TWIN FALLS, Idaho (AP) — The Idaho Department of Water Resources has delayed an order to shut off water to south-central Idaho groundwater pumpers, which includes more than a dozen cities in the region.
The Times-News reports (http://bit.ly/1iCYc5w) that the curtailment set for Monday is now delayed so officials can review a second mitigation plan submitted by the Idaho Groundwater Appropriators. Officials announced the decision earlier this week.
"Basically, our mitigation plan is to take water from the Idaho Fish and Game hatchery in Hagerman and pump that water for about a mile and a quarter," said Lynn Tominaga, the group's executive director. "We're putting the engineering information together."
Idaho Department of Water Resources' director Gary Spackman signed an order in January telling 2,300 water-rights holders they would have to shut down irrigation if they can't reach a compromise with Rangen Inc., a Hagerman-based fish farm and feed producer.
Rangen operates near Thousand Springs and contracts with Idaho Power to raise fish to be stocked in the Middle Snake River and American Falls Reservoir.
The company said its flow of spring water pouring from the canyon in 1966 was 50.7 cubic feet per second. It said that in 2012, the flow was 14.6 cubic feet per second, a decrease the company says is caused by groundwater pumpers.
Courts have ruled that removing groundwater reduces the flows from springs, violating the water rights of those with earlier claims.
"It's disappointing that the state is kicking the can down the road on this," said Fritz Haemmerle, Rangen's attorney. "In the worst year in the drought history, they're (Rangen) going to suffer. They're not going to get their water, but these late water users can keep on pumping water away from senior water users."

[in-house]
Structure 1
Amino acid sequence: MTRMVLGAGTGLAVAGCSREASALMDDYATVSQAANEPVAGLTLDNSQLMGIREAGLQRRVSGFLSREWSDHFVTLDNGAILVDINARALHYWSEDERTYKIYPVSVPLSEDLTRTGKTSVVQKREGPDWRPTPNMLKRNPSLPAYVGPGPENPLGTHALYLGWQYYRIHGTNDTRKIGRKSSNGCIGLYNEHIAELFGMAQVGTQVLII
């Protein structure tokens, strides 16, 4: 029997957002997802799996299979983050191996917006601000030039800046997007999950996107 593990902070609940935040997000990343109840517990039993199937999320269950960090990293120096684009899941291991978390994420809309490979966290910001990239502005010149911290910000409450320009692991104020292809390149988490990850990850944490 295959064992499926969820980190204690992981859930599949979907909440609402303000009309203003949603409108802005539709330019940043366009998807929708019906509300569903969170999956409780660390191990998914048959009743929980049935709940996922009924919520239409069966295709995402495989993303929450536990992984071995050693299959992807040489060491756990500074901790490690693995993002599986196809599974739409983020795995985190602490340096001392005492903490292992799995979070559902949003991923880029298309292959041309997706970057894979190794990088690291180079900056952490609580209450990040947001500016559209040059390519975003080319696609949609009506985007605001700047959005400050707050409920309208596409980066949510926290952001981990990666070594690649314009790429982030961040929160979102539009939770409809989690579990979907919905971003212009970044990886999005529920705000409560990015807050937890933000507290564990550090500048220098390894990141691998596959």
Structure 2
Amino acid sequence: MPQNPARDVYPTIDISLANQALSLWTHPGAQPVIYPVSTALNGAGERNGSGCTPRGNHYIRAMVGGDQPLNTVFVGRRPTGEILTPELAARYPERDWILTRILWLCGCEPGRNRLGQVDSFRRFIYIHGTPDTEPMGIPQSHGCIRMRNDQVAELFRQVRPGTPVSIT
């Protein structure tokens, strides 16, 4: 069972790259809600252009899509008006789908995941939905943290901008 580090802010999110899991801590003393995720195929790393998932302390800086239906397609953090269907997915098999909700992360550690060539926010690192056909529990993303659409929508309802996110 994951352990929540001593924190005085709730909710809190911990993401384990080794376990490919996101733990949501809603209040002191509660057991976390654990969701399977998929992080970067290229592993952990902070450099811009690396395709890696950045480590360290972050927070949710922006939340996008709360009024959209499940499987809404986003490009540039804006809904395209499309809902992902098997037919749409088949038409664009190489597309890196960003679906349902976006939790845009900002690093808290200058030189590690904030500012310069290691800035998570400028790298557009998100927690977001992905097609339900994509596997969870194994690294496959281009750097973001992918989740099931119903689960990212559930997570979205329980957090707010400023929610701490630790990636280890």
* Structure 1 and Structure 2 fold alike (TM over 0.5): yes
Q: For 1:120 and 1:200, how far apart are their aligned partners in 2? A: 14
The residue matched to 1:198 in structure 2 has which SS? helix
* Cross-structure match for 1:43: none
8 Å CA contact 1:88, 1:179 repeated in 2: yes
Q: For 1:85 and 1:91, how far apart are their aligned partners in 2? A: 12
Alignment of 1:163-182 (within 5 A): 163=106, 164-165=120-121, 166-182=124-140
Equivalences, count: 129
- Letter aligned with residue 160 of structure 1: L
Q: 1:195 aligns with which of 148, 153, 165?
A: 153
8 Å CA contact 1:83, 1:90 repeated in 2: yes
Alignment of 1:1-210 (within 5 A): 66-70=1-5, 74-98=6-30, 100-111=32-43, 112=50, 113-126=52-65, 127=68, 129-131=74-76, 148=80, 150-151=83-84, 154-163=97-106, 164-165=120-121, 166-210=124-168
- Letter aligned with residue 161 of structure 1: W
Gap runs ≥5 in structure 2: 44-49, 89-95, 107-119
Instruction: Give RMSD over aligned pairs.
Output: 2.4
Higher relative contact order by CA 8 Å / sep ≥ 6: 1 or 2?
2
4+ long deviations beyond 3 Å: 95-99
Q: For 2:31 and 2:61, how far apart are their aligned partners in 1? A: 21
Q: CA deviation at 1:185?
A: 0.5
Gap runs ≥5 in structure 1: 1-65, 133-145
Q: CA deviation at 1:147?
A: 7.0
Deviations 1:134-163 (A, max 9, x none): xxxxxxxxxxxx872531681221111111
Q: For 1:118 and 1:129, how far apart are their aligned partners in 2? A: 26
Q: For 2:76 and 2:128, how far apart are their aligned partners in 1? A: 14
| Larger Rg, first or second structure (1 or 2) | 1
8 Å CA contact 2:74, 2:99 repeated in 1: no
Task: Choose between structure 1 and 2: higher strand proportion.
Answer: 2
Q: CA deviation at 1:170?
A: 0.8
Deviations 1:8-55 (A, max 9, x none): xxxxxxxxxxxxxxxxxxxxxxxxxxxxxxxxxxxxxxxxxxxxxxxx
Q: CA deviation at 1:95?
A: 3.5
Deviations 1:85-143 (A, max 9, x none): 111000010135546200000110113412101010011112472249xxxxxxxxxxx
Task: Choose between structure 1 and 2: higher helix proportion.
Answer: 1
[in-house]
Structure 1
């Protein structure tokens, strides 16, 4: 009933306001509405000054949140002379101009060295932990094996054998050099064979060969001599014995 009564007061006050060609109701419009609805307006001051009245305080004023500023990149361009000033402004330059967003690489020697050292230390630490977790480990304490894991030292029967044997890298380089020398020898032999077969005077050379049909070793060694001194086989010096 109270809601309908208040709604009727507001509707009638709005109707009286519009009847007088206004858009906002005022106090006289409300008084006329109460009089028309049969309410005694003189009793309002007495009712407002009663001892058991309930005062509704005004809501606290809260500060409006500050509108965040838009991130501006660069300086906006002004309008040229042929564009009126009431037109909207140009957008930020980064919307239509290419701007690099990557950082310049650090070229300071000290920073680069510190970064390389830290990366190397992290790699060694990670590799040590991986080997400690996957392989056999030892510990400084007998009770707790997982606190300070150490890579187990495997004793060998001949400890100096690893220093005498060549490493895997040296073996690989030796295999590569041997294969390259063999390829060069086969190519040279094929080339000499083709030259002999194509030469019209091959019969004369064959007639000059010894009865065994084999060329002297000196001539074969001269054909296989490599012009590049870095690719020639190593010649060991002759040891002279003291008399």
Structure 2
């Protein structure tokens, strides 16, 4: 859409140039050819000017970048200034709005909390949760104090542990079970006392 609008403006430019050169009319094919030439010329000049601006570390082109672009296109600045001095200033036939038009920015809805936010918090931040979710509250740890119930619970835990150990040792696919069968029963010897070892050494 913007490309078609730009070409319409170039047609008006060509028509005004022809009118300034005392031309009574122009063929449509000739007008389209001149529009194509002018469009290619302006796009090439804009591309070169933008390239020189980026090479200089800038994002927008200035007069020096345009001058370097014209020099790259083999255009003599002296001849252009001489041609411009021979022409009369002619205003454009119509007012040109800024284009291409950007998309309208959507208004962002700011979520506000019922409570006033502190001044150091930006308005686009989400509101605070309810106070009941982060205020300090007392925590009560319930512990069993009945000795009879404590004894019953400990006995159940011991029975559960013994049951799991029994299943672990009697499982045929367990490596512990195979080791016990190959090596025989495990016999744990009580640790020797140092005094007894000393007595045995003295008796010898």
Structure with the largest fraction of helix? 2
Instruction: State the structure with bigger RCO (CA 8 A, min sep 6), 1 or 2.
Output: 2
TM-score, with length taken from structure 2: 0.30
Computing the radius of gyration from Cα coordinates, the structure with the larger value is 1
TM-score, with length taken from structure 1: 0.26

State officials plan to schedule a hearing to consider the latest mitigation plan. It's unclear when the state will make a decision on whether to put the curtailment order back in place.
Haemmerle said he hadn't seen the second mitigation plan by the groundwater pumpers but said he doubted it would contain enough information to overturn the curtailment order.
In the long-running battle over water in the region, attorneys for 14 south-central Idaho cities that rely on groundwater pumping formally organized in February to fight the curtailment order. The cities have also filed their own mitigation plan.
Rob Williams, a Jerome attorney leading the coalition, said a curtailment would have "overwhelmingly" crippled cities such as Heyburn and Richfield.
"This gives cities more time to avoid curtailment," he said.
Information from: The Times-News, http://www.magicvalley.com